Human history seems to favor building walls over constructing bridges. These barriers separate people from each other and often take a heavy toll in deaths as they are being built. Walls are birthed in the violence and power plays of rulers and military commanders. Those enamored of bridges have to seek out fresh ways to connect and co-create with others.
This engrossing book combines history, military matters, and archaeology. David Frye, who teaches ancient and medieval history at Eastern Connecticut State University, guides us through a wild adventure of wall building from ancient to modern times. We are treated to stories about walls in Mesopotamia, Babylon, Greece, China, Rome, Mongolia, Afghanistan, the Mississipi, Central America, and elsewhere. Beginning with a glimpse of the Syrian wall which was built 4,000 years ago, he ends with the crazy contemporary scene where the rich isolate themselves from the poor and the dangerous in walled enclaves. Meanwhile, the United States and many European countries are building border walls to keep refugees out, who are seen as the barbarians of these times.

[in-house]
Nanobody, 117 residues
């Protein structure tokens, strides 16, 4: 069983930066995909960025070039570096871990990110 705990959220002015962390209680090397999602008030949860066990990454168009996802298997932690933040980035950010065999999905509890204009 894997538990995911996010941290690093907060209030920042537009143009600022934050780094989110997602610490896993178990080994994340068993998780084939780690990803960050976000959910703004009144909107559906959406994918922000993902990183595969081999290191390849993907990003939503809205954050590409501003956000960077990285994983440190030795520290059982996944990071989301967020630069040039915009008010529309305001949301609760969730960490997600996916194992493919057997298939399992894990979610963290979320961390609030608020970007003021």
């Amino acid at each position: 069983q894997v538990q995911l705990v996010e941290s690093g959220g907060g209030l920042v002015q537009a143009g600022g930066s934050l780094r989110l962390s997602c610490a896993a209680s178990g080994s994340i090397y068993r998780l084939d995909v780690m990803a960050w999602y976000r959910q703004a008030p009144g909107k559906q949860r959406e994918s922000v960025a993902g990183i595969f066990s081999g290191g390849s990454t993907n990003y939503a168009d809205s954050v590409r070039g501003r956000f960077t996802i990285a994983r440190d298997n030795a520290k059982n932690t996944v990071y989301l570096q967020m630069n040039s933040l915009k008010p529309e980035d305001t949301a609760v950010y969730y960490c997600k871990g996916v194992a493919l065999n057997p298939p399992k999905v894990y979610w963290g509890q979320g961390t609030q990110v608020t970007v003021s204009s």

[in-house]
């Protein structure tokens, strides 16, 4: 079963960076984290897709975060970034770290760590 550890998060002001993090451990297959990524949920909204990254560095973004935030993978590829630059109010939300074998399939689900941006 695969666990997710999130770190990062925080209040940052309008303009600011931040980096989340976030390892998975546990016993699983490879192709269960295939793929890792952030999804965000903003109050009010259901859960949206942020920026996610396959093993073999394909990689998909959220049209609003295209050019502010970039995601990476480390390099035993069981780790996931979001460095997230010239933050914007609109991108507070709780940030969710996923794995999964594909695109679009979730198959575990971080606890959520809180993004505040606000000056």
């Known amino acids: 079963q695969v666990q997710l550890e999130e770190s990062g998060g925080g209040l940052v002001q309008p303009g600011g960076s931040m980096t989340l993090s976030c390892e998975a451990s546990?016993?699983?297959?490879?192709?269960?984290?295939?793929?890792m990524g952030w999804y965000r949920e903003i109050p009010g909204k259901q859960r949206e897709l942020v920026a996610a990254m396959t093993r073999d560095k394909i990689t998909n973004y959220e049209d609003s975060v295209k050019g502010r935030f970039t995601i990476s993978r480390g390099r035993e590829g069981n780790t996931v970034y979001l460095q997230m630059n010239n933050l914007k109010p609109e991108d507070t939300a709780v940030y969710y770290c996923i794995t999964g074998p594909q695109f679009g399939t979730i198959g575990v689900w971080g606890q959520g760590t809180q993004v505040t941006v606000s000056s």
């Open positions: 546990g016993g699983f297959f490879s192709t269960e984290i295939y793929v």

Frye's long look at walls sees them not only as protective shells but also as enablers of civilization, art, and culture, all due to the security they offer. Of course, even the most impenetrable defense can and will eventually be destroyed by clever despots and their armies seeking to win glory for themselves. Frye has respect for the great walls of Constantinople and the austere wall of China.
Last but not least is the Berlin Wall, which when it was erected was planned to be permanent. But although it has been bashed and dashed, it remains a potent symbol in the stories of those who experienced it first-hand though "elements of international diplomacy, nuclear brinkmanship, fatal miscalculations, and brave escapes." We've long loved books on very focused topics. (We once reviewed a book on the history of meat.) We found this one absolutely fascinating. Here is history that could not be more relevant to our times!